No, not some new naval fiction about Horatio Hornblower, or worse, Horatio Nelson engaged in some nefarious Venetian goings on... rather, another of my research interests, Horatio F. Brown. Unlike a great many other of the gay Victorian/Edwardian, literary figures that I look into from time to time, HFB very much had a life outside his poetic musings about pretty young men. In fact, there was only one book of such poetry and, although it's not easy to be clear exactly how much, he disassociated himself from it. To the public at large HFB was much better known at the time as 'our man in Venice' and wrote a number of very popular books about Venetian people, history and customs. In his historical writing he can be as dry as the rest of them, but when he sets his mind to describing the wonders of Venice for a more popular audience, he writes some quite beautiful prose.
His best friend John Addington Symonds always hoped - and nudged, nagged and encouraged HFB to this end - that HFB would one day write a serious piece of Venetian history, something solid and massive which could become a standard work. But although he wrote a large number of books on Venice in his lifetime, and although he would have been more than capable of such a magnum opus, HFB prefered to write in the shorter format of essays, or to translate the work of others or to work as an editor of archives. This is, I think, to our benefit. There is no doubt that if HFB had given in to the pressure we might have been richer by a large and insightful scholarly book but we would have lost a great deal of quite beautiful and much more accesible prose about Venice.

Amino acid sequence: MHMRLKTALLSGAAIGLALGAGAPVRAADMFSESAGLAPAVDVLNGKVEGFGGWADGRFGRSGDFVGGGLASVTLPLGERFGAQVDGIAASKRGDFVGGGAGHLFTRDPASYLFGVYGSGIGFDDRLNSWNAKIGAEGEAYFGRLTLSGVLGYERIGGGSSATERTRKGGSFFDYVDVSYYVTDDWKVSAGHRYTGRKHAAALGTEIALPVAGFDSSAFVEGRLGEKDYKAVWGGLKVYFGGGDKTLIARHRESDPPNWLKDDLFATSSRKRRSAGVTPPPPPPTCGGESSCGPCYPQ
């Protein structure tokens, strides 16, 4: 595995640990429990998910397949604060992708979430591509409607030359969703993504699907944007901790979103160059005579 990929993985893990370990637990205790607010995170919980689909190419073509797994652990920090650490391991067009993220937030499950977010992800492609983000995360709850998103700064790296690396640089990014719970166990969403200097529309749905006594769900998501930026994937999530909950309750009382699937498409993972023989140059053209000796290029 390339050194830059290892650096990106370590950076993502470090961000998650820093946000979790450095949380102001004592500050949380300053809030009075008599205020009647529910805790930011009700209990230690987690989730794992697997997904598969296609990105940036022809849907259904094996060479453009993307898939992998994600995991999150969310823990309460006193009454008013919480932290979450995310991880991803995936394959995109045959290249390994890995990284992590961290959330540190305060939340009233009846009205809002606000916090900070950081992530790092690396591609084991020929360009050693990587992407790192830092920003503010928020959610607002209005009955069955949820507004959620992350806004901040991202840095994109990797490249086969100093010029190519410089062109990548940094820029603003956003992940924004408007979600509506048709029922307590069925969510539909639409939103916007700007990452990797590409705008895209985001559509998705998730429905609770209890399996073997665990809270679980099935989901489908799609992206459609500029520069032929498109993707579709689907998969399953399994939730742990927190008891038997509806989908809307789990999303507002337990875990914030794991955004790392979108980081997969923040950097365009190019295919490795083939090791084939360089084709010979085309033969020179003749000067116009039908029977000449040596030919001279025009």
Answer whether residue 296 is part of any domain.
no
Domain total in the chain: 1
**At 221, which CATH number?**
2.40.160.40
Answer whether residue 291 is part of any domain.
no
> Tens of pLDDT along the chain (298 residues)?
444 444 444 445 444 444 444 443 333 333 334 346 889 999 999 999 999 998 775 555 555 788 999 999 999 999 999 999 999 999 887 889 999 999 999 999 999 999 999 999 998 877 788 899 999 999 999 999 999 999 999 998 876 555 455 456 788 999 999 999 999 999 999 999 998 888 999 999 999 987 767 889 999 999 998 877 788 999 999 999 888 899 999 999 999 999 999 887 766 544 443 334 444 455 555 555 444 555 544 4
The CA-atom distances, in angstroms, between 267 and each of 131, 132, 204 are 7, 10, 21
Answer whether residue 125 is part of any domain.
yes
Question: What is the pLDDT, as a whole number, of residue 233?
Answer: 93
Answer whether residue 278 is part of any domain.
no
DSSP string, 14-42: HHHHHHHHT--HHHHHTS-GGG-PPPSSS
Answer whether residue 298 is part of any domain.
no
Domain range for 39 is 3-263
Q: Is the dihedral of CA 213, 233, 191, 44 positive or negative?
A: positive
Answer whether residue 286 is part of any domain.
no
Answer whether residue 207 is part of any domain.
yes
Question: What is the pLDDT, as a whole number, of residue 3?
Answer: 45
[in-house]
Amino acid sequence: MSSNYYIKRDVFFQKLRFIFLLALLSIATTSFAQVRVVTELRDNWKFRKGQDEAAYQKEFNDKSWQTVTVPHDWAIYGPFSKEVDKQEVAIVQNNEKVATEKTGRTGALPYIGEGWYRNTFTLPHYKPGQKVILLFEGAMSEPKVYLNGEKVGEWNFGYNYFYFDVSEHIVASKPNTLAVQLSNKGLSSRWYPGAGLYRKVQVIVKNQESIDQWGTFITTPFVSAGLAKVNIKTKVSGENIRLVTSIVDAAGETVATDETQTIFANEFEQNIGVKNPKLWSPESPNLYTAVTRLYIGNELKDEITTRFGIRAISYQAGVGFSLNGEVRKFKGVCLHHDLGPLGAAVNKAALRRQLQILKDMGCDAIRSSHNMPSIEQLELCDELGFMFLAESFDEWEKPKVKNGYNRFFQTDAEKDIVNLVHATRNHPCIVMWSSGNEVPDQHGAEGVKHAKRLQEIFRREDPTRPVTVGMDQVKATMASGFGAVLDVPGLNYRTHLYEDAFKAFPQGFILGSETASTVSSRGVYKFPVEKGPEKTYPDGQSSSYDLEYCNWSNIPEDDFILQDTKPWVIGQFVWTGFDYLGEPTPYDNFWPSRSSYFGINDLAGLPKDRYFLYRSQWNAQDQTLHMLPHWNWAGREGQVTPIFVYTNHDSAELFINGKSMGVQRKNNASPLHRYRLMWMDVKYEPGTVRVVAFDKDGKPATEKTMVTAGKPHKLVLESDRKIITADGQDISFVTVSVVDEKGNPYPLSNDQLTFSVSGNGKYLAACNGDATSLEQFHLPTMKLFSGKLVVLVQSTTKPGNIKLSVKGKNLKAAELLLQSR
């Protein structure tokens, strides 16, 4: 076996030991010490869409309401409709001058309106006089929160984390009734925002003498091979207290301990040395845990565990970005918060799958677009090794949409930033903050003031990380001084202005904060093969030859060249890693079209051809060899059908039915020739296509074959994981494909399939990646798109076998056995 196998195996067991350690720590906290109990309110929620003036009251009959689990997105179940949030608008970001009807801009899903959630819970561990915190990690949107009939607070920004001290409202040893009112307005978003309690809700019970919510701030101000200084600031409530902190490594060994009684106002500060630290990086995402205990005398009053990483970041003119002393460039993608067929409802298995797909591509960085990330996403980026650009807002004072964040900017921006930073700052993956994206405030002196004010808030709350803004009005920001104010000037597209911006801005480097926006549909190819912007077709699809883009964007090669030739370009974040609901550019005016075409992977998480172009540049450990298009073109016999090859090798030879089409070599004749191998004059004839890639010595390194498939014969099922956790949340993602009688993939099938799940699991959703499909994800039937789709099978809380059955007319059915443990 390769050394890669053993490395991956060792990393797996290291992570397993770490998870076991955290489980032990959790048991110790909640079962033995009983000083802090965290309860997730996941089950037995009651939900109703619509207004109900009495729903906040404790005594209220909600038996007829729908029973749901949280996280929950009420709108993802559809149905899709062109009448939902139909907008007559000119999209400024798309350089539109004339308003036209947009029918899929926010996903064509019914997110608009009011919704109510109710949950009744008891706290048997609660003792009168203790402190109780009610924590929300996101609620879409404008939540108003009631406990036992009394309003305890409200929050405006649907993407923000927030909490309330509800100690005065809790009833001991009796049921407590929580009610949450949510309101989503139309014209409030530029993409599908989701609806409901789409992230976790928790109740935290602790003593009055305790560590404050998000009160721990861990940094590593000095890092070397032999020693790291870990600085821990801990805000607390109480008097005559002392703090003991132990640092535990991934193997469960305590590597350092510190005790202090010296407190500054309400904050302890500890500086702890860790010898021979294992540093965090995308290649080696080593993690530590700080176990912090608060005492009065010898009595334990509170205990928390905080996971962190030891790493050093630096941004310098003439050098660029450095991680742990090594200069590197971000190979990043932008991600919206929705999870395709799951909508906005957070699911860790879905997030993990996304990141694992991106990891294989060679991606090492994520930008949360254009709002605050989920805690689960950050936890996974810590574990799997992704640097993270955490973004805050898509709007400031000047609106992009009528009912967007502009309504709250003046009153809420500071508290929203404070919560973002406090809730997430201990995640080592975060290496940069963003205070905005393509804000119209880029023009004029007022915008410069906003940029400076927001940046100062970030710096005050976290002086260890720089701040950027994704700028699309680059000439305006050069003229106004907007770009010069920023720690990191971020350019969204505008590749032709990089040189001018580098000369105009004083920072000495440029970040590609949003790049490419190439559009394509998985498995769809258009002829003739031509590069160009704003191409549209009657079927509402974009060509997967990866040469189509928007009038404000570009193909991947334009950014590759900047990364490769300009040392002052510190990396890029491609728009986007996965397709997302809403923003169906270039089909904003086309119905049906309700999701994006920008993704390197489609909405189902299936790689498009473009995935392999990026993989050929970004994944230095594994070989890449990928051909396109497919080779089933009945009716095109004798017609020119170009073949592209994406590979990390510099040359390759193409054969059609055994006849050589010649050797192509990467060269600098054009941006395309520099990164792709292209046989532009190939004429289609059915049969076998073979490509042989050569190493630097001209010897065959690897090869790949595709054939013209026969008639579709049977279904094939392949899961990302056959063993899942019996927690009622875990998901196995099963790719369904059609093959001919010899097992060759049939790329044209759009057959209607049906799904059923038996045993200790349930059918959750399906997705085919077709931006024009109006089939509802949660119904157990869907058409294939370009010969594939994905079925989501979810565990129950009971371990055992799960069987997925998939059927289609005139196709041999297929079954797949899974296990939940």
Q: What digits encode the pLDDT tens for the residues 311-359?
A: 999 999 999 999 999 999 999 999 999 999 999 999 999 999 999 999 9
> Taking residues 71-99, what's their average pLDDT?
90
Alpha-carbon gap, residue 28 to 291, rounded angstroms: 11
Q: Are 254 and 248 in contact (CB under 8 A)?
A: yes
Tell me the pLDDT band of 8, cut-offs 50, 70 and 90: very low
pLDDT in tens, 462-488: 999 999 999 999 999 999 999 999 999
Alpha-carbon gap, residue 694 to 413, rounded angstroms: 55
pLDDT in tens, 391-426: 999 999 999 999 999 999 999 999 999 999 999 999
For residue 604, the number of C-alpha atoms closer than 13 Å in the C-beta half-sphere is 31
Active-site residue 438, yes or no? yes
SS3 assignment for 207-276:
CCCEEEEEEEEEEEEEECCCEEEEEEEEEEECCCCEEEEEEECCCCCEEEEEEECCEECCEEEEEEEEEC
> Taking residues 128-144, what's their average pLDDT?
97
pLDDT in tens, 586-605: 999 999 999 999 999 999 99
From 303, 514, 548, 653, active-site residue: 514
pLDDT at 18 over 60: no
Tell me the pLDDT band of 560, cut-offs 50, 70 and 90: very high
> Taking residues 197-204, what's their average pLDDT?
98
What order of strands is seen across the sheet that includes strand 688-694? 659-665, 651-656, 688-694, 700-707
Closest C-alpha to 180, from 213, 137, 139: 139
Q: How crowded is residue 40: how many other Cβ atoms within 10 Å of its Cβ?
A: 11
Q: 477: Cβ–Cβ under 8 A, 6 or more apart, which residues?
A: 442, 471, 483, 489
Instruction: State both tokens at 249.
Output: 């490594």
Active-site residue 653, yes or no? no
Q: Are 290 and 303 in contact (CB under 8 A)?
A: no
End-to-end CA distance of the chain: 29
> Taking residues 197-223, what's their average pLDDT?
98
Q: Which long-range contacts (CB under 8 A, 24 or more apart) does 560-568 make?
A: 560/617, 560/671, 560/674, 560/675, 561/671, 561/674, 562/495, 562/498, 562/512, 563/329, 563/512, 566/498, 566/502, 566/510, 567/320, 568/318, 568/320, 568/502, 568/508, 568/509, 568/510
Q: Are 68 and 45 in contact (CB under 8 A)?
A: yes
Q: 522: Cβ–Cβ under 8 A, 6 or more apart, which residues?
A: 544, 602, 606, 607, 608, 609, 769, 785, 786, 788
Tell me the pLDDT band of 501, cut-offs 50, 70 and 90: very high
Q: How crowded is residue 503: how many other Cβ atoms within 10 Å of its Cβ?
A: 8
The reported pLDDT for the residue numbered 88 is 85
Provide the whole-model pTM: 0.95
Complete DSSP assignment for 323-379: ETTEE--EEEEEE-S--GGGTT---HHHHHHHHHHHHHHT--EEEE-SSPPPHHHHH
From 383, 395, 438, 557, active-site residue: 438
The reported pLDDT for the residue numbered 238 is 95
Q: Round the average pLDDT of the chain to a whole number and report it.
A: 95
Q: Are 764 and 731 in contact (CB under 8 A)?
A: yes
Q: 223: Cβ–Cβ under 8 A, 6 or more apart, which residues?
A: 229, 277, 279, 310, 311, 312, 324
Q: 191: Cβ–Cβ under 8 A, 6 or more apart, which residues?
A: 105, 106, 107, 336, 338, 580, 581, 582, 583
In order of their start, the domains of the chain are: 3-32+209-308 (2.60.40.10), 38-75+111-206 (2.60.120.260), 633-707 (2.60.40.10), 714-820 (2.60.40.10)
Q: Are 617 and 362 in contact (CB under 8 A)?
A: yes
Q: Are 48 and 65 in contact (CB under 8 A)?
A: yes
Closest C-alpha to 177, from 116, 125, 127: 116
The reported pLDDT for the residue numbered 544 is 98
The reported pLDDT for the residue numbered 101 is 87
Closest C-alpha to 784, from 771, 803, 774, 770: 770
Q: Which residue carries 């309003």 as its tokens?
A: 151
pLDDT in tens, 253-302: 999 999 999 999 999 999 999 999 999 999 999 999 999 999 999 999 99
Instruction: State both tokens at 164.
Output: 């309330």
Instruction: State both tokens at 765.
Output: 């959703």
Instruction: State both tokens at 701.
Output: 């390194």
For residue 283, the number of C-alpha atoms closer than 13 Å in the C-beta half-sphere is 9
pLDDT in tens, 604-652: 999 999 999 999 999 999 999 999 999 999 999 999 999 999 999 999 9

Given just how cagey HFB was about his sexuality, it seems odd, perhaps just a symptom of the times, that he felt he could dedicate his first book Life on the Lagoons:
"To my Gondolier, Antonio Salin, my constant companion in Venice and Venetia"
So constant in fact that HFB eventually moved Salin and his family into a mezzanine level of his own house in Venice. And just in case the 'sensitive' reader should be in any doubt whatever how HFB felt about Salin, there is a wondeful passage in the book where HFB describes being invited to dine chez Salin.
"I found the door, and at the top of the little staircase there was Antonio, his head fresh from a basin of water, all his masses of hair tossed back and dripping, like Bacchus stepped from Tintoret's loveliest picture, or Saint George with never a dragon left to conquer; a black and white flannel shirt, a blue sash round his waist, a towel in both hands, and his eyes laughing out as he gives the last scrub to his face"
Who knew eh?
What is particularly intriguing of the photo which appears alongside this portion of the text which is captioned simply 'bathing'. It looks very like the kind of photo that might have been taken by Frederick Rolfe, who did know HFB a little during Rolfe's time in Venice, but sadly for Corvine photo hunters, the first edition of Life on the Lagoons was published too early for this to be a lost Rolfe photo.
HFB's relationship with Salin was a long one and the drawing at the head of this post, although I have yet to identify the artist, was used as the frontispiece to HFB's In and Around Venice.